SINGAPORE - If mosquitoes could be "engineered" to die before they can reproduce, diseases which are spread by these insects, such as Zika and dengue, could be slowed down.
This solution, which involves genetically modifying male mosquitoes to pass on a gene that kills their offspring, is being developed by Intrexon, a United States-based company that creates biologically based products and processes using synthetic biology.
Synthetic biology refers to the application of engineering principles to the fundamental components of biology.
"With far less than the cost of palliative care for dengue alone, we can make this problem go away," said Mr Randal Kirk, chief executive of Intrexon, the parent company of Oxitec.
Oxitec's work centres on genetically altering mosquitoes. It has done trials in Brazil, Panama and the Cayman Islands that showed that modified mosquitoes can reduce localised Aedes mosquitoes, which carries the viruses, by more than 90 per cent.
Using GM insects as a "living insecticide" to control pest populations is one of the ventures that Mr Kirk's company supports. Others include creating apples that do not brown, producing salmon that grows twice as fast, and cloning animals.
He is one of the 100 experts speaking at the Seventh International Meeting on Synthetic Biology, which opens on Tuesday (June 13). The event is co-organised by the National University of Singapore's Synthetic Biology for Clinical and Technological Innovation (SynCTI), the BioBricks Foundation, a public benefit organisation in the US working to ensure that synthetic biology is conducted in an open and ethical manner, and SynBioBeta, an international community of entrepreneurs, investors, policy makers and enthusiasts devoted to the responsible growth of the synthetic biology field.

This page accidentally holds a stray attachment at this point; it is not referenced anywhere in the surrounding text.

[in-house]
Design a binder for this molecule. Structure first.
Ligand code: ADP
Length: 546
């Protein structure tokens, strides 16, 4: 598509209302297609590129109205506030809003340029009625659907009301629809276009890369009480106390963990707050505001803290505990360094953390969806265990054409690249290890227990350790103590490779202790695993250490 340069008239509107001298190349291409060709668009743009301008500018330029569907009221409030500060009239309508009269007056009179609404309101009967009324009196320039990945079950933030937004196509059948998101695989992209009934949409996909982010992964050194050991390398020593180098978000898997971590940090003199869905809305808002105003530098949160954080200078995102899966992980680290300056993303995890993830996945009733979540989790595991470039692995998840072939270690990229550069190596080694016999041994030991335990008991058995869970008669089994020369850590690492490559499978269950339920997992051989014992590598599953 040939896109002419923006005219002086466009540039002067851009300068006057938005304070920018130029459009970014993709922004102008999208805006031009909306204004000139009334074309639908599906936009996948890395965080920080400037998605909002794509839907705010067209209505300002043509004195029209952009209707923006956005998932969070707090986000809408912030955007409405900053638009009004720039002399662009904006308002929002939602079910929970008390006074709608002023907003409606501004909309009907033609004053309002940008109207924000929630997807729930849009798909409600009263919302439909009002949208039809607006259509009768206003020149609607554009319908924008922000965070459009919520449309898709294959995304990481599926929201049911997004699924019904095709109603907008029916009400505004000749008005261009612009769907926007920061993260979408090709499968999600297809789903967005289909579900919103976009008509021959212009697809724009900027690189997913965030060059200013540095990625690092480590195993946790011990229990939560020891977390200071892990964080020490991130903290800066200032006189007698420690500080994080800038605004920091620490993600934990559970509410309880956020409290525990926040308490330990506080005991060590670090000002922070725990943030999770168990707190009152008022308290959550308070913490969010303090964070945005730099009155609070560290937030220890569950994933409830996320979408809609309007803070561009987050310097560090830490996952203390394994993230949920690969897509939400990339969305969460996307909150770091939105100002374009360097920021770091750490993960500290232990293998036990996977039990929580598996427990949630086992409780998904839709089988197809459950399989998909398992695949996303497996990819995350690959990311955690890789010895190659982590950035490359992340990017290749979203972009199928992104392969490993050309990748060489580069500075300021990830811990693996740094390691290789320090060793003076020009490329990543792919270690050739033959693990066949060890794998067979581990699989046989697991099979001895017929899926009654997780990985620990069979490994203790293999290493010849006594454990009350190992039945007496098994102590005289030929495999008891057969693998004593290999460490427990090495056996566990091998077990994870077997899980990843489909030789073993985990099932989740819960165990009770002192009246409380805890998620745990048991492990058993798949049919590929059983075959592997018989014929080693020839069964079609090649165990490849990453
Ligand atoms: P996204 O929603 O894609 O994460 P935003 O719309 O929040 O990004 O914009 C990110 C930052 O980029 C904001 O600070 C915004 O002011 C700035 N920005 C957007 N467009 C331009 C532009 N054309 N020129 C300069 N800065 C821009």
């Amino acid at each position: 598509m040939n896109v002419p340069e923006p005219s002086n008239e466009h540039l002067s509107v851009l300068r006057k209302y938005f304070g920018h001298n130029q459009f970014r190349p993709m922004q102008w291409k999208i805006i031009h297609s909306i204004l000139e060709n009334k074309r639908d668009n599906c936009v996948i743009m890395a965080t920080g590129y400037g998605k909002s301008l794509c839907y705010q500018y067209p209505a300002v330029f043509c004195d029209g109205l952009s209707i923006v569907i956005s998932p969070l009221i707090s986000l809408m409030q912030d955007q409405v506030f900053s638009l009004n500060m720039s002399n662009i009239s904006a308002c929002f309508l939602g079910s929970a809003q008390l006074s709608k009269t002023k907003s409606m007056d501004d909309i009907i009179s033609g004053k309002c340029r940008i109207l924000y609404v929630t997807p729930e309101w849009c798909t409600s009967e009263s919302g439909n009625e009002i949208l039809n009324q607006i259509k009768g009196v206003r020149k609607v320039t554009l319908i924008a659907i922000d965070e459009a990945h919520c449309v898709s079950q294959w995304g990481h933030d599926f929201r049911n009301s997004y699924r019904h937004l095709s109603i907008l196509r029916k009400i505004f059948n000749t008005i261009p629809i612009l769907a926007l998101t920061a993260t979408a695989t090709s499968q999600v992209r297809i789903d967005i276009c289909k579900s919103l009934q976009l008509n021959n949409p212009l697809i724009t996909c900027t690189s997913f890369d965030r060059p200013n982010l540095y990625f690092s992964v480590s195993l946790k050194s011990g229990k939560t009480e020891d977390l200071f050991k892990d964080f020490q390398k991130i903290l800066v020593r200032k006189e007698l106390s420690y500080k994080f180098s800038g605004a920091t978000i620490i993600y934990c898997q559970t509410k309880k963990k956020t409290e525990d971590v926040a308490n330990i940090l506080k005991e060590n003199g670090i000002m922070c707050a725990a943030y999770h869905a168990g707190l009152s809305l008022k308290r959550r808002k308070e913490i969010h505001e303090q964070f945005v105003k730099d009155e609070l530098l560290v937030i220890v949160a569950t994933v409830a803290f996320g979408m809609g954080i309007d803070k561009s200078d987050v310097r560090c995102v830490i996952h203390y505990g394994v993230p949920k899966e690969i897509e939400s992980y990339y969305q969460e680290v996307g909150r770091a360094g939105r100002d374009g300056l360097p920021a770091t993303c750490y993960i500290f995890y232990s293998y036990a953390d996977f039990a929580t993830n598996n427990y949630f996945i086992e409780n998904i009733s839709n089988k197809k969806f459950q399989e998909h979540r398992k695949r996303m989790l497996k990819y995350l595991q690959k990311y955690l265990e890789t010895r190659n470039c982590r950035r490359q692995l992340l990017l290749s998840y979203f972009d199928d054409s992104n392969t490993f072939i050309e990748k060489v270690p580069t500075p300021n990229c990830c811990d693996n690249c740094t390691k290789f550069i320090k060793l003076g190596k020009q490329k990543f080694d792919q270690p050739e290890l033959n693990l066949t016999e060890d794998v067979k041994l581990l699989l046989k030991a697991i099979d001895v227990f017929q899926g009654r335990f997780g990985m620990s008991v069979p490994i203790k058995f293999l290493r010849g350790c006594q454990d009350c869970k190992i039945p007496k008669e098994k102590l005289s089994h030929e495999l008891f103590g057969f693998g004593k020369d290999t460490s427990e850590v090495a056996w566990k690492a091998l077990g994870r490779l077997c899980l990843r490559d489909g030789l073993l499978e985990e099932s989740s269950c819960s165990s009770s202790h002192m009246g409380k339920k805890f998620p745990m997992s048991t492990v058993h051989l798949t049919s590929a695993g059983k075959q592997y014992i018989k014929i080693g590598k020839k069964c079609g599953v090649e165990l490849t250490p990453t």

The four-day conference will see around 900 participants from over 40 countries gather to share and learn about topics related to the field of synthetic biology.
During the opening ceremony at the NUS University Cultural Centre, Mr Desmond Lee, minister in the Prime Minister's Office and Second Minister for Home Affairs and National Development, said that Singapore "recognises the potential of synthetic biology as a future economic driver".
"Synthetic biology has wide-reaching applications from agriculture and biomanufacturing, to ground-breaking cancer treatments and medicines, to even information technology and fashion," he said.